Can the Book of Mormon indeed be “true,” in any sense, if it lies repeatedly, explicitly, and deliberately regarding its own historicity? Can Joseph Smith be viewed with any level of credibility if he repeatedly, explicitly, and deliberately lied concerning the historicity of the book? Can we have any degree of confidence in what are presented as the words of God in the Doctrine and Covenants if they repeatedly, explicitly, and deliberately lie by asserting the historicity of the Book of Mormon? If the Book of Mormon is not what it claims to be, what possible cause would anyone have to accept anything of the work of Joseph Smith and The Church of Jesus Christ of Latter-Day Saints given the consistent assertions that the Book of Mormon is an ancient text that describes ancient events?

Your reliance on "bracketing" comes across as whistling past the graveyard.

9 hours ago, tagriffy said:

No, I am not rejecting Joseph's explanation.  Again, that is you imposing something on me that I did not say. 

Yes, you are rejecting Joseph's explanation.  You are supplanting it with a categorically distinct and contradictory explanation.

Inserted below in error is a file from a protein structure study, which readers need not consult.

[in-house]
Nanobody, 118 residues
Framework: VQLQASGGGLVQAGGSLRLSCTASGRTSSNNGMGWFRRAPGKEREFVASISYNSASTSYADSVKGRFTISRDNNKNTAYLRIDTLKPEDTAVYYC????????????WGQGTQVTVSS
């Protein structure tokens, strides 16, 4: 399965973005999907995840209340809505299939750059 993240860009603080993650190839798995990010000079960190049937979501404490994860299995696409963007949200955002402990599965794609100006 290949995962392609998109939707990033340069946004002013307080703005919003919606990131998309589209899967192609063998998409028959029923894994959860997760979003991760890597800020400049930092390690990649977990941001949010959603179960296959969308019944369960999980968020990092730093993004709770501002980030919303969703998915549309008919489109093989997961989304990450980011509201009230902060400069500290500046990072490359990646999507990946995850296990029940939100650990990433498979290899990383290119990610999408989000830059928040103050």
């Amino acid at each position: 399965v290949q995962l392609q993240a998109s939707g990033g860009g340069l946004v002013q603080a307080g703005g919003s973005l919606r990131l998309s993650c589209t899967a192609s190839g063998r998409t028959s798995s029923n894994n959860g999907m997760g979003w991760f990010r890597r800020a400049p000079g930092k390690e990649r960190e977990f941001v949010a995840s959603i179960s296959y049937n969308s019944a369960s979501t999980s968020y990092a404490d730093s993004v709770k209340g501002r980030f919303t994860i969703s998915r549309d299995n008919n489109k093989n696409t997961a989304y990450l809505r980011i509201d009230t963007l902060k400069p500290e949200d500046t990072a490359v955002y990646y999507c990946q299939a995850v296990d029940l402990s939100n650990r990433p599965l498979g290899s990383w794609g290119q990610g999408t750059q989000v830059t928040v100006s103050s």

9 hours ago, tagriffy said:

Since I'm still working on filling in the blank, I obviously can't answer that now.

But you have "answer{ed}."  You have clearly stated your conclusion as to origins/provenance/authorship, which is wholly at odds with Joseph Smith's lifelong declarations. 

What you "obviously can't" do is provide a coherent explanatory path through the evidence that reaches that conclusion.  If you are planning to provide such a path in the future, then just say so and I'll shut up.  But that sure isn't the impression you give in your essay.  It seems you want to presuppose naturalistic origins explanation for the Book of Mormon without any effort to actually establish it by examining the evidence that contradicts it (Joseph Smith's lifelong remarks, the Witness statements, etc.).  Hence my difficulty with your claim that you are "trying to understand the evidence as best {you} can."  You are bracketing/sidestepping historicity and evidence pertaining thereto.

9 hours ago, tagriffy said:
Quote